Sanctuary in Kalwaria Zebrzydowska

The Sanctuary in Kalwaria Zebrzydowska in Poland was one of Pope John Paul II´s favourite places of pilgrimage. Situated in the foothills of the Carpathian Mountains 33km from Krakow, it was established in 1600 as Poland´s first Calvary sanctuary to offer Christian pilgrims an alternative to Jerusalem that had been acquired by Muslim Turks.

It´s humble origins began as quaint chapel dedicated to the Crucifixion of Christ, followed by a chalk model of the Chapel of the Holy Cross in Jerusalem. Over the next two centuries the sanctuary would become the largest pilgrimage site in Europe and today receives over a million visitors a year, making it one of the most visited places in Poland and is named among UNESCO´s list of World Heritage Sites.

 Recognized as one of the most fascinating architectural projects in Europe, this vast complex features 42 churches and chapels including the domineering 17th century baroque Basilica dedicated to the Angelic Mother of God in the centre and the adjoining Franciscan monastery.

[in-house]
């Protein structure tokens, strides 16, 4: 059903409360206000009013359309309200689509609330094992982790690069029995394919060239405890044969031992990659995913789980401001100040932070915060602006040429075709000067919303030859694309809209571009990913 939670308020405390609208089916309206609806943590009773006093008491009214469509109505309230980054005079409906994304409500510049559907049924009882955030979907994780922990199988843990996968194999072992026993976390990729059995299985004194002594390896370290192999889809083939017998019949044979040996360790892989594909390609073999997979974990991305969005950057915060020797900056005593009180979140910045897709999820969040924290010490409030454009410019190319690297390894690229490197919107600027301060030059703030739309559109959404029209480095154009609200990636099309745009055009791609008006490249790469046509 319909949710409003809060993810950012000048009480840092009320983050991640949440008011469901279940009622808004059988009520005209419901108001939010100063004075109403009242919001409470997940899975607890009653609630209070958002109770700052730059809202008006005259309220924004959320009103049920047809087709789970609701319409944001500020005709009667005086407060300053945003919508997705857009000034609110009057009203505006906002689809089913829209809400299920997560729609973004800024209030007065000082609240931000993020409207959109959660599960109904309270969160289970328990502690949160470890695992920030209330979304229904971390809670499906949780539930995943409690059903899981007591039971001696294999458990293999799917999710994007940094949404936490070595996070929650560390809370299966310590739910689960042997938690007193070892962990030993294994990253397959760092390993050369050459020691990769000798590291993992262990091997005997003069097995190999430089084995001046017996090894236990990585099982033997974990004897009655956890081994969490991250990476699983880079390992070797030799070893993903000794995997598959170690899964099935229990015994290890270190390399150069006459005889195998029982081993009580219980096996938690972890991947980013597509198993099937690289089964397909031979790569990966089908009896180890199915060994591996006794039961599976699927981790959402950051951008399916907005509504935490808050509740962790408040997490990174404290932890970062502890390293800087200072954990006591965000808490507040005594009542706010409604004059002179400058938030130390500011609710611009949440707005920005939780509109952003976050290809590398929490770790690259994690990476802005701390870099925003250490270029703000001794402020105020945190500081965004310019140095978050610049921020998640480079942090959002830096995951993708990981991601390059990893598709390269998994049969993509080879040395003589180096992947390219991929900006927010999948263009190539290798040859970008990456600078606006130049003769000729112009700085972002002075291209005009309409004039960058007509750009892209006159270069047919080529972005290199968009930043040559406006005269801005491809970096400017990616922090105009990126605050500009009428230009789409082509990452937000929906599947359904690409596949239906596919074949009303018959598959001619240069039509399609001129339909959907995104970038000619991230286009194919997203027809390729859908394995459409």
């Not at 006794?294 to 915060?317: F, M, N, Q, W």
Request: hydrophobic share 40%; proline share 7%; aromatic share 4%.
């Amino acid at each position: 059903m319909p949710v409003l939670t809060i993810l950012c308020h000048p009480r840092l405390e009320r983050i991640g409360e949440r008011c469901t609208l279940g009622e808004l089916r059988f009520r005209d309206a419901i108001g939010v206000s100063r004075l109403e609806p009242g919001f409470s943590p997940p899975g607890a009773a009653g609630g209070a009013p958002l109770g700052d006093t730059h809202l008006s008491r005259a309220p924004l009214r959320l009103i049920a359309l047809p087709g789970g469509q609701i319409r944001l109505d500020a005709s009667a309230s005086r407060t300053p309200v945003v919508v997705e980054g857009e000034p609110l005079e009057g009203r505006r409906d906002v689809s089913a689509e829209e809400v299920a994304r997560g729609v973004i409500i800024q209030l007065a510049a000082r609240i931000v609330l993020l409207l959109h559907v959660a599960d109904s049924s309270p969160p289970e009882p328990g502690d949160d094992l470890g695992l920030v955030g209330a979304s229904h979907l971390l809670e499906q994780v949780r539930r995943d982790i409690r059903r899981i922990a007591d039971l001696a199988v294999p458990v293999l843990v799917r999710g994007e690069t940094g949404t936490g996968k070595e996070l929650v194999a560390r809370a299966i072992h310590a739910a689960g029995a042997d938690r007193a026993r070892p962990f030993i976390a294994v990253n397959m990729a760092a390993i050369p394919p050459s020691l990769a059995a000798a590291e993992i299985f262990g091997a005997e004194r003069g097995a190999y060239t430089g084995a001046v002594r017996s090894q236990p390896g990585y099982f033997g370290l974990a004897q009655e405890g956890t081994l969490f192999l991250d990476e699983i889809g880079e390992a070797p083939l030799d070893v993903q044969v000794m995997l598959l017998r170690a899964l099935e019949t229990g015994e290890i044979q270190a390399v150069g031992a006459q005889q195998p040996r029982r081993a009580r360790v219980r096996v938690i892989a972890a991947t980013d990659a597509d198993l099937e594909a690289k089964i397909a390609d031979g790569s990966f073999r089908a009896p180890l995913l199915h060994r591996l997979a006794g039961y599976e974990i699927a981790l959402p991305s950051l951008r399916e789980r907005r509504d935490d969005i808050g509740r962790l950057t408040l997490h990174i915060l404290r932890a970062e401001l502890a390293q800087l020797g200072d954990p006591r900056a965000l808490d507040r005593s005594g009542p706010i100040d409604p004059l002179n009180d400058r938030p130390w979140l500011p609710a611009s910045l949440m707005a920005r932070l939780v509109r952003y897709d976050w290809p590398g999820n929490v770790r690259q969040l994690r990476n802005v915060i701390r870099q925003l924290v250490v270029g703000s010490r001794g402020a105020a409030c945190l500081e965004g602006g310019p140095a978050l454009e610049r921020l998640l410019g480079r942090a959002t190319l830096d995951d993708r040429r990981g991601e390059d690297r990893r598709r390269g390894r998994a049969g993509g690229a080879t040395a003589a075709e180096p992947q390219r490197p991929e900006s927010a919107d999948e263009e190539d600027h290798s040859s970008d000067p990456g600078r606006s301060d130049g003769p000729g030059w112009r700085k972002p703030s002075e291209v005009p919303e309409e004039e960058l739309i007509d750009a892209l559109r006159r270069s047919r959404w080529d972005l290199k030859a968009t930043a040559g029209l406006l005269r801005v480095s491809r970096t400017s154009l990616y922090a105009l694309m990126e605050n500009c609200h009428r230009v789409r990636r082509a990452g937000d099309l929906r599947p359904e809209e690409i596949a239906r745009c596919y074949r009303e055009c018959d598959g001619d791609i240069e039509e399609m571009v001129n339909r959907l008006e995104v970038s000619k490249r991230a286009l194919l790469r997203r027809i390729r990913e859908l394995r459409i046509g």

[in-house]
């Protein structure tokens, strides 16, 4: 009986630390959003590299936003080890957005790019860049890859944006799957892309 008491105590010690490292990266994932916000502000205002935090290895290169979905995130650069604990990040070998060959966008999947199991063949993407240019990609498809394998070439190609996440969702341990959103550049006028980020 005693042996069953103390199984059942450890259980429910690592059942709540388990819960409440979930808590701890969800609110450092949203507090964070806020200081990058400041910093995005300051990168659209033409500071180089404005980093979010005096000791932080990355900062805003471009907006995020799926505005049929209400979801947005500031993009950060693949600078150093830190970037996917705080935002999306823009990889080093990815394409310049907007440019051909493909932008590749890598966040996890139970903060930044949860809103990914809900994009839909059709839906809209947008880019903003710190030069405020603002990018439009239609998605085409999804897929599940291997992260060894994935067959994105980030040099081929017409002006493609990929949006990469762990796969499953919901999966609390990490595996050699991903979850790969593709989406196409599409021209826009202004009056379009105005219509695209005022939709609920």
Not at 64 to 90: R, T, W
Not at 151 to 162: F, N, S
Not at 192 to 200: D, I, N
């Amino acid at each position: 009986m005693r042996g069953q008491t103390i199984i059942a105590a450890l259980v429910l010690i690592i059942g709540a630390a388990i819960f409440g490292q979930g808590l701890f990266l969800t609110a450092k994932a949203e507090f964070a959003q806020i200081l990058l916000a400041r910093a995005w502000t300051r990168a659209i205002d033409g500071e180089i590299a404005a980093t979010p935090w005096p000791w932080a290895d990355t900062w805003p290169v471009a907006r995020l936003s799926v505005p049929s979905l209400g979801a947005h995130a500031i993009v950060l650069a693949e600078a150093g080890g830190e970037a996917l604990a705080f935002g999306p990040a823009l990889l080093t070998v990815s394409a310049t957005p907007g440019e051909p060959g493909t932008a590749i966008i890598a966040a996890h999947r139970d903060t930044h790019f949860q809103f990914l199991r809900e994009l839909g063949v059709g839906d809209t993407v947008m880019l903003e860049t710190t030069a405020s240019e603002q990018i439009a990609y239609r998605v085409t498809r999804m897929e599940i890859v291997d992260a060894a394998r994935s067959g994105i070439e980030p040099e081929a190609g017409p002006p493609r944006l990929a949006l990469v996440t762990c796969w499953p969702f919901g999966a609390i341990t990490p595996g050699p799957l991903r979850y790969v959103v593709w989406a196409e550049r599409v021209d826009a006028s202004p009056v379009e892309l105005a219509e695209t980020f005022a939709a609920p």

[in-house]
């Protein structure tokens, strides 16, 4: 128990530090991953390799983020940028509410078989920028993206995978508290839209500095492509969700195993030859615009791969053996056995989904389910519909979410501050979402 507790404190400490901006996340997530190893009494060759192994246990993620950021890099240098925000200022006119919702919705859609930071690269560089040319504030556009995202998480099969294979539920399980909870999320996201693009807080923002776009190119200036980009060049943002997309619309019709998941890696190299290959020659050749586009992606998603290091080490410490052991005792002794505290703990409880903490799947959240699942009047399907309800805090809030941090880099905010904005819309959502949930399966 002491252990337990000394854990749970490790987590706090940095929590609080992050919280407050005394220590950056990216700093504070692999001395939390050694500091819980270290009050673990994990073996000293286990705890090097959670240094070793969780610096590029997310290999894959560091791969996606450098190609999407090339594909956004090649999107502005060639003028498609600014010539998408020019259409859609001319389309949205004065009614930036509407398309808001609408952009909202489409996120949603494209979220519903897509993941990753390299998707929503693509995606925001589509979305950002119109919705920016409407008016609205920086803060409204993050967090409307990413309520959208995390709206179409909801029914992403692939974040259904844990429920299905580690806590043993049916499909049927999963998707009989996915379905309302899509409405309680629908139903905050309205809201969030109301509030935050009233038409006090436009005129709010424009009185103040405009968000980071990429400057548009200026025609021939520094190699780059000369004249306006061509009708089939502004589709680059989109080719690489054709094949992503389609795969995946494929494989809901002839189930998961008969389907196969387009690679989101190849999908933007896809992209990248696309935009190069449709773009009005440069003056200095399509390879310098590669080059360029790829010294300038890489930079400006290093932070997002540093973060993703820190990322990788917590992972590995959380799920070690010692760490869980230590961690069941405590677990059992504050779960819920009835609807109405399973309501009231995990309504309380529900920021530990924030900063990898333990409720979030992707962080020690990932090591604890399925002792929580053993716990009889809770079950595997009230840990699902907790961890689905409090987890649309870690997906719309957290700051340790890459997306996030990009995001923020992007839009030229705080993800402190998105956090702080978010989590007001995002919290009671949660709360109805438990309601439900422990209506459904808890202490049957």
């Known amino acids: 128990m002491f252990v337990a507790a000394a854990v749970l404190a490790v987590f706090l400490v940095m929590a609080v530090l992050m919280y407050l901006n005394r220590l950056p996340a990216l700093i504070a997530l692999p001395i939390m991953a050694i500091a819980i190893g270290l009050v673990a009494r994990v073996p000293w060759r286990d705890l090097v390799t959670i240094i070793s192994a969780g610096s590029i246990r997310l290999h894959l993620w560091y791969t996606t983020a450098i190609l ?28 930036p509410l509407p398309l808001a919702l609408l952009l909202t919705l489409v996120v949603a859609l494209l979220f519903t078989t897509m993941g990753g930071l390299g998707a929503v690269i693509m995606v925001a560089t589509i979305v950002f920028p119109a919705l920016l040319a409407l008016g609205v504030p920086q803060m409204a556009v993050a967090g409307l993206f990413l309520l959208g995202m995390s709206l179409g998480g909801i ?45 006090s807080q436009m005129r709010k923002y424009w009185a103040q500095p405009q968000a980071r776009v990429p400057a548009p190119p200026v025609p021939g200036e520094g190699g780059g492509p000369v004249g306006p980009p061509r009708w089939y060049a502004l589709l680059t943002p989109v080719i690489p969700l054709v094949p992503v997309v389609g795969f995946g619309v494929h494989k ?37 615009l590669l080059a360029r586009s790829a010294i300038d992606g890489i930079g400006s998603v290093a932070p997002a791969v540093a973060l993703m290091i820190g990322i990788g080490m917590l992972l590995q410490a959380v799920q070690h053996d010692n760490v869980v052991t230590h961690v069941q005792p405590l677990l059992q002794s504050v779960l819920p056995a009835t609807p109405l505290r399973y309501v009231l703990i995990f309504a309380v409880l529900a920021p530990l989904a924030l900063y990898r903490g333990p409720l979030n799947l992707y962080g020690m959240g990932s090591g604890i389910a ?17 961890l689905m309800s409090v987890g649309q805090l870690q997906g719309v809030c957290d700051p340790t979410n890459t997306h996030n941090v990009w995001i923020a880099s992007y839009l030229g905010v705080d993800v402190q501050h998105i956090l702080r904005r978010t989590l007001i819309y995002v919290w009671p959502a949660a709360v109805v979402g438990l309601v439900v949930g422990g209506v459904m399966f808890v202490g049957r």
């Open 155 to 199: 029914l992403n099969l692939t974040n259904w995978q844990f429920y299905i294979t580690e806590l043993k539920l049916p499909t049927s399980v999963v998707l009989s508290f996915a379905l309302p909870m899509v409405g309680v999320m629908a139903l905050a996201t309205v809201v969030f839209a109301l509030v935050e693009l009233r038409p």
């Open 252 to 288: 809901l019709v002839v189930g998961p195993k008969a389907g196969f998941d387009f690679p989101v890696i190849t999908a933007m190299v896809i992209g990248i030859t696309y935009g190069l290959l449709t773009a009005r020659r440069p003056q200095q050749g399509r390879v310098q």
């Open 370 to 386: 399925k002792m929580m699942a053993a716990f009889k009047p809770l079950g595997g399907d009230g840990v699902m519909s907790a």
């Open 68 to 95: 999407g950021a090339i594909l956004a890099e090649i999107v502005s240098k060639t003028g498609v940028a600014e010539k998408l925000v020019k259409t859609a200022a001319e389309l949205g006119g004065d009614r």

The sanctuary complex gets very busy during Christian holidays and celebrations, particularly Good Friday and Assumption day on the 15th August. During the festivals visitors are treated to plays portraying the Passion of Christ and Our Lady´s Life Mysteries.

The Kalwaria Zebrzydowska used to be the home of the Order of Friars Minor, a brotherhood of Franciscan monks. In the 20th century they were joined by High and Low Religious Seminary´s, but they have since moved to Lodz. The current inhabitant of the sanctuary is an official Franciscan Publishing House called Calvarianum. Its books popularize the religious values and ideas of St. Francis of Assisi together with books and albums connected with Pope John Paul II.